The triazole drug fluconazole remains one of the most commonly prescribed antifungal drugs, both for prophylaxis in high-risk patients and also as a second-line treatment option for invasive Candida infections. Established susceptibility profiles and clinical interpretive breakpoints are available for fluconazole with Candida albicans, Candida glabrata, Candida tropicalis, and Candida parapsilosis, which account for the majority of infections due to pathogenic yeast species. However, less common species for which only limited susceptibility data are available are increasingly reported in high-risk patients and from breakthrough infections. The UK National Mycology Reference Laboratory performs routine antifungal susceptibility testing of clinical isolates of pathogenic yeast submitted from across the United Kingdom. Between 2002 and 2016, 32,000 isolates were referred, encompassing 94 different yeast species. Here, we present fluconazole antifungal susceptibility data generated using a CLSI methodology over this 15-year period for 82 species (2,004 isolates) of less common yeast and yeast-like fungi, and amphotericin B, fluconazole, itraconazole, voriconazole, posaconazole, and anidulafungin, with members of the Nakaseomyces clade (C. glabrata, Candida nivariensis, and Candida bracarensis). At least 22 different teleomorph genera, comprising 45 species, exhibited high MICs when tested with fluconazole (20% of isolates with MICs higher than the clinical breakpoint [8 mg/liter] proposed for C. albicans). Since several of these species have been reported anecdotally from breakthrough infections and therapeutic failures in patients receiving fluconazole, the current study underscores the importance of rapid and accurate yeast identification and may aid clinicians dealing with infections with rarer yeasts to decide whether fluconazole would be appropriate.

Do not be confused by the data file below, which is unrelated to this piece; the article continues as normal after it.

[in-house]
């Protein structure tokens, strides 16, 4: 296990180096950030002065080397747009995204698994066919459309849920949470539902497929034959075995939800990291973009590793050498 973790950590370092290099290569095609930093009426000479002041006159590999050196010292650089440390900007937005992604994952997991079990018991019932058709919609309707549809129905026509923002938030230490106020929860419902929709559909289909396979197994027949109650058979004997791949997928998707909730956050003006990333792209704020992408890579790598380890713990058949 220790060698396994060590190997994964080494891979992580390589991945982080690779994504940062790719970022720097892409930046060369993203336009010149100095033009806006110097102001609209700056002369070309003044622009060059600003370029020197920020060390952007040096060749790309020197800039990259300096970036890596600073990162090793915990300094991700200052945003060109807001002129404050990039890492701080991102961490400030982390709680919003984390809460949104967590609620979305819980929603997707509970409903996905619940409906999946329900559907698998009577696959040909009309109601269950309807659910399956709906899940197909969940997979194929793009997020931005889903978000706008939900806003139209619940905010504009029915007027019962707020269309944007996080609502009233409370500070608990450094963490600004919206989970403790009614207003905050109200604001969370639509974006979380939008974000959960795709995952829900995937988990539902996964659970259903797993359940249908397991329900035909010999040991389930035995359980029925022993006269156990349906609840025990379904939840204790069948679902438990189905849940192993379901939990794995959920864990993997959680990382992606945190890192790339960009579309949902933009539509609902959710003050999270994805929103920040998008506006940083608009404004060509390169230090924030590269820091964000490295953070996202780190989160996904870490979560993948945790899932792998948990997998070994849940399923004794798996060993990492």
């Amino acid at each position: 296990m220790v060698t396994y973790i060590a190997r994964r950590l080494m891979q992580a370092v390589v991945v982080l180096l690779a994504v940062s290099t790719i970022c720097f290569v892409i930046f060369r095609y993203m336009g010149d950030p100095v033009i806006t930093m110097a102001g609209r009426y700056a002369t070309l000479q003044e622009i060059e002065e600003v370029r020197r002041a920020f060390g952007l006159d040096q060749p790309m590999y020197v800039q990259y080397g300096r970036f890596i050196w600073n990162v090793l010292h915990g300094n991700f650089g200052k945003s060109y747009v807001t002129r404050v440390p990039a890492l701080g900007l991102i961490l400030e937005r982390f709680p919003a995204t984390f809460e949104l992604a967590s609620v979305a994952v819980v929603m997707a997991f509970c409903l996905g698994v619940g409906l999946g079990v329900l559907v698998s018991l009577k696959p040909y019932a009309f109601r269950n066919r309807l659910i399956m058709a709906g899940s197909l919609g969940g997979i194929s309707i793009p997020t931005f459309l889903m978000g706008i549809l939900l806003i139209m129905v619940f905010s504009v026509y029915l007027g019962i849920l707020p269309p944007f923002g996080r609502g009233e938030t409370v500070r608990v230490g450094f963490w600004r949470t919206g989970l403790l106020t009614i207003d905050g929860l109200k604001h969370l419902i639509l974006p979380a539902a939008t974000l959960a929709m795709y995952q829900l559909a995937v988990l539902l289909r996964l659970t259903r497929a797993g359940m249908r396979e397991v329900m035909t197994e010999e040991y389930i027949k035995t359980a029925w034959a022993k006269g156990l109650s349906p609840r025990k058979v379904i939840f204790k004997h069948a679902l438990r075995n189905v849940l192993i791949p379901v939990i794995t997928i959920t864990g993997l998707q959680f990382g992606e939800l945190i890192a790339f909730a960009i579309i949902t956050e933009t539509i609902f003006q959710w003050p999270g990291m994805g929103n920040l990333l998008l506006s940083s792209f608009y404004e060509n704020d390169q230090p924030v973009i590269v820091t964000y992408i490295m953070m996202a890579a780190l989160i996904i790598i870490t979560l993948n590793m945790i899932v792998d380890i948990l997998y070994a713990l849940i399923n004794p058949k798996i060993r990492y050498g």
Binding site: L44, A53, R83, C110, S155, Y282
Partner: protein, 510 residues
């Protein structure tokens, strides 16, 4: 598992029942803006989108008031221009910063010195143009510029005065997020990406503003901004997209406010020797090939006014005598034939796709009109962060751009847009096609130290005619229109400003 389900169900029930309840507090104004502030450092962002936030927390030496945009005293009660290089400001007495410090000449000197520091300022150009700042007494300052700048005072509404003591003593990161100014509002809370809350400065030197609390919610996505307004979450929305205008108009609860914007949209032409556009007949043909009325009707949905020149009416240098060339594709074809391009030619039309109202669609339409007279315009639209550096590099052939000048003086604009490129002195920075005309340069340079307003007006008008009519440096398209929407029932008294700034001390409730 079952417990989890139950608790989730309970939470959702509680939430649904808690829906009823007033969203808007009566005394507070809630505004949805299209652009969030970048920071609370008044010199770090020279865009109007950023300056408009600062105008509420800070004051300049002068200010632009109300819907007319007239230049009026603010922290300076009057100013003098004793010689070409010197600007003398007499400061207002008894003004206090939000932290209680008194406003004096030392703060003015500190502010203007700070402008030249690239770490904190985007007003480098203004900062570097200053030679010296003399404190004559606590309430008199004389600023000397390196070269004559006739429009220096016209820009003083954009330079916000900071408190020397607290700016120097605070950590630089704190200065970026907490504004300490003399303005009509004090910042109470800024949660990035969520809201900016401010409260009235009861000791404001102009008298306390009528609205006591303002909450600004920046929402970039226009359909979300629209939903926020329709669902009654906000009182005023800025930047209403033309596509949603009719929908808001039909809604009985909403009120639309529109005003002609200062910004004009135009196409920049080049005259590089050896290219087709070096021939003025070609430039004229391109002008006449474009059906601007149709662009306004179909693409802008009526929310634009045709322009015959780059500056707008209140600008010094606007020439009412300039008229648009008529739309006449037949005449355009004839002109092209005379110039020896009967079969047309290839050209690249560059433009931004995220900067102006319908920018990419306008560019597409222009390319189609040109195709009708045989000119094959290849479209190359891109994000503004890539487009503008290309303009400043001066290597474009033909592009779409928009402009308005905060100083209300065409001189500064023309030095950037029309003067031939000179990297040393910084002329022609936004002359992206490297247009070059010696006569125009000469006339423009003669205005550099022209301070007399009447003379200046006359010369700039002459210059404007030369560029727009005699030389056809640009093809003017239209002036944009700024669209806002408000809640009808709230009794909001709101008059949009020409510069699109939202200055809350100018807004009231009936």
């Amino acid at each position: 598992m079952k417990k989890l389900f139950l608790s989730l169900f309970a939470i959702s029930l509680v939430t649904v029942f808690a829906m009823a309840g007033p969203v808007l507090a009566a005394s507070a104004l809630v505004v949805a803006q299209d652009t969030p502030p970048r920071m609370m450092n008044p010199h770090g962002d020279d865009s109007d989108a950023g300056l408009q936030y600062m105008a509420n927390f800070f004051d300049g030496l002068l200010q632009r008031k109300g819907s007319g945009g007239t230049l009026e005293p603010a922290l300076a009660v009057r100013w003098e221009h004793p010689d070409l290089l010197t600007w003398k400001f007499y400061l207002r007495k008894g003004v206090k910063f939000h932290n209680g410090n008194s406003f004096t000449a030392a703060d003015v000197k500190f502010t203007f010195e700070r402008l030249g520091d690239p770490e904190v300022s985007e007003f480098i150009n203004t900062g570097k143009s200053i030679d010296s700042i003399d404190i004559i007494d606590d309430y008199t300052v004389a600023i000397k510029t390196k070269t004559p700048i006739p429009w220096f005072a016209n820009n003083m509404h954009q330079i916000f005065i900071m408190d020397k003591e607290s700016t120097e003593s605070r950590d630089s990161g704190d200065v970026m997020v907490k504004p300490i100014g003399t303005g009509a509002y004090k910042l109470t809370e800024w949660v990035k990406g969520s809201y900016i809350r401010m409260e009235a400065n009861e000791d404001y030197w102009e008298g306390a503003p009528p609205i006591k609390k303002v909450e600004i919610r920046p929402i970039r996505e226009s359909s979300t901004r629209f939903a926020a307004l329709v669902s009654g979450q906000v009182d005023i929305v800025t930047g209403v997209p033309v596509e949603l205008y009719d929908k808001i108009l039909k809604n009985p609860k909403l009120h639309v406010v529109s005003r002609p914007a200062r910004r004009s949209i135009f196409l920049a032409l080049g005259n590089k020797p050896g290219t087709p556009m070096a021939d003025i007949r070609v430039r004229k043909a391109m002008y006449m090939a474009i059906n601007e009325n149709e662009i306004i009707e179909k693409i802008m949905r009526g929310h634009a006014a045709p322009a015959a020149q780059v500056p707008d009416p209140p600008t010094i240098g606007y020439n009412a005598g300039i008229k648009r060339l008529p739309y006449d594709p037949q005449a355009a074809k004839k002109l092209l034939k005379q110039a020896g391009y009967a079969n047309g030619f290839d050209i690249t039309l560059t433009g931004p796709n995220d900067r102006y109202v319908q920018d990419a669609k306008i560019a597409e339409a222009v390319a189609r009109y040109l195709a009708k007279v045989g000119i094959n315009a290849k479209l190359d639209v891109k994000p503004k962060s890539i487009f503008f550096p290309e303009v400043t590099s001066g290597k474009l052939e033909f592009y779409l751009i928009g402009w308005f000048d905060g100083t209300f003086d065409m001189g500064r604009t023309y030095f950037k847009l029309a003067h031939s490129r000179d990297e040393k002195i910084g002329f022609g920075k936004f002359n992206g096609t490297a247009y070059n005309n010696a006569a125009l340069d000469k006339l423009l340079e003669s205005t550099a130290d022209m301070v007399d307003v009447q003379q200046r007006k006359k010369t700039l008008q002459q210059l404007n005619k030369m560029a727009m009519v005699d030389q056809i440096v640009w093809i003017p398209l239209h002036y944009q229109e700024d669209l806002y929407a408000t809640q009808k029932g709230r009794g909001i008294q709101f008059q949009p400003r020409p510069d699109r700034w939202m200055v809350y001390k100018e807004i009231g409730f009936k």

|Journal||Antimicrobial Agents and Chemotherapy|
|Publication status||Published - 2019|
Bibliographical notePublisher Copyright:
© Crown copyright 2019. The government of Australia, Canada, or the UK (“the Crown”) owns the copyright interests of authors who are government employees. The Crown Copyright is not transferable.
- Antifungal resistance
- Rare yeast species